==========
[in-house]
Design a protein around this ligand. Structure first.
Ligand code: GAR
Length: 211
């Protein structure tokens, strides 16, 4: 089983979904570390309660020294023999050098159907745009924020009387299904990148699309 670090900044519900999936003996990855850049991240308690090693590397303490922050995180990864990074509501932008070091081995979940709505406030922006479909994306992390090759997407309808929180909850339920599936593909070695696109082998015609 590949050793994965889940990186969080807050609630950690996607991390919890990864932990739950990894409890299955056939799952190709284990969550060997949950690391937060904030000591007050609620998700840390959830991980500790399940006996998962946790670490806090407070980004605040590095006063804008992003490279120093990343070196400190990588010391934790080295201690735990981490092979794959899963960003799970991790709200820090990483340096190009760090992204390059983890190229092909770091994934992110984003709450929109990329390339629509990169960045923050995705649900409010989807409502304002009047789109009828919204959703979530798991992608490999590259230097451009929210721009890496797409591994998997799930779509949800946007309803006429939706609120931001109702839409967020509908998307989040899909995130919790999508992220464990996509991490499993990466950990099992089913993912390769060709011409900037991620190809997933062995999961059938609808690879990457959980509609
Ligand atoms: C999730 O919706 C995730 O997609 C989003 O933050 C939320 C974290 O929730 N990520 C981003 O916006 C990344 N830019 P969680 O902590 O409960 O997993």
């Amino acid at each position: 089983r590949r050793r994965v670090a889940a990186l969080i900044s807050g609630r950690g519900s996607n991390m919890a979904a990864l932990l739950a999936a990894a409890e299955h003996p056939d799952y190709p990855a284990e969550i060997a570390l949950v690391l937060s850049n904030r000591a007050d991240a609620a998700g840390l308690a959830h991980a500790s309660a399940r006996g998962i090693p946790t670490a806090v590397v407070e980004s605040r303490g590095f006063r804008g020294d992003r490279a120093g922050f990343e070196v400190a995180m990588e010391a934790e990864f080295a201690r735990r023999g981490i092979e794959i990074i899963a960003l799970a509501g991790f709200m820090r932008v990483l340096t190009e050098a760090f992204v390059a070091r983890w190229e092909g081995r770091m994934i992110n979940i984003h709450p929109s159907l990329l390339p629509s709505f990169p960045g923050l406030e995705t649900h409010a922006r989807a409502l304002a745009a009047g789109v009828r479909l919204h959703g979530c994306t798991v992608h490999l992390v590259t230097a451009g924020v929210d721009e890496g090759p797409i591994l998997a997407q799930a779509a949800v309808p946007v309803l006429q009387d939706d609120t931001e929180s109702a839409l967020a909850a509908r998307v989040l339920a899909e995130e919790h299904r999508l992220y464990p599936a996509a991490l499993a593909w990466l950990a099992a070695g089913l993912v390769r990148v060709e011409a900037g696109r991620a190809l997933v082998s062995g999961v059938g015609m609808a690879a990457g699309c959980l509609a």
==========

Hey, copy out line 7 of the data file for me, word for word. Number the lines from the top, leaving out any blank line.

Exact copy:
């Amino acid at each position: 089983r590949r050793r994965v670090a889940a990186l969080i900044s807050g609630r950690g519900s996607n991390m919890a979904a990864l932990l739950a999936a990894a409890e299955h003996p056939d799952y190709p990855a284990e969550i060997a570390l949950v690391l937060s850049n904030r000591a007050d991240a609620a998700g840390l308690a959830h991980a500790s309660a399940r006996g998962i090693p946790t670490a806090v590397v407070e980004s605040r303490g590095f006063r804008g020294d992003r490279a120093g922050f990343e070196v400190a995180m990588e010391a934790e990864f080295a201690r735990r023999g981490i092979e794959i990074i899963a960003l799970a509501g991790f709200m820090r932008v990483l340096t190009e050098a760090f992204v390059a070091r983890w190229e092909g081995r770091m994934i992110n979940i984003h709450p929109s159907l990329l390339p629509s709505f990169p960045g923050l406030e995705t649900h409010a922006r989807a409502l304002a745009a009047g789109v009828r479909l919204h959703g979530c994306t798991v992608h490999l992390v590259t230097a451009g924020v929210d721009e890496g090759p797409i591994l998997a997407q799930a779509a949800v309808p946007v309803l006429q009387d939706d609120t931001e929180s109702a839409l967020a909850a509908r998307v989040l339920a899909e995130e919790h299904r999508l992220y464990p599936a996509a991490l499993a593909w990466l950990a099992a070695g089913l993912v390769r990148v060709e011409a900037g696109r991620a190809l997933v082998s062995g999961v059938g015609m609808a690879a990457g699309c959980l509609a």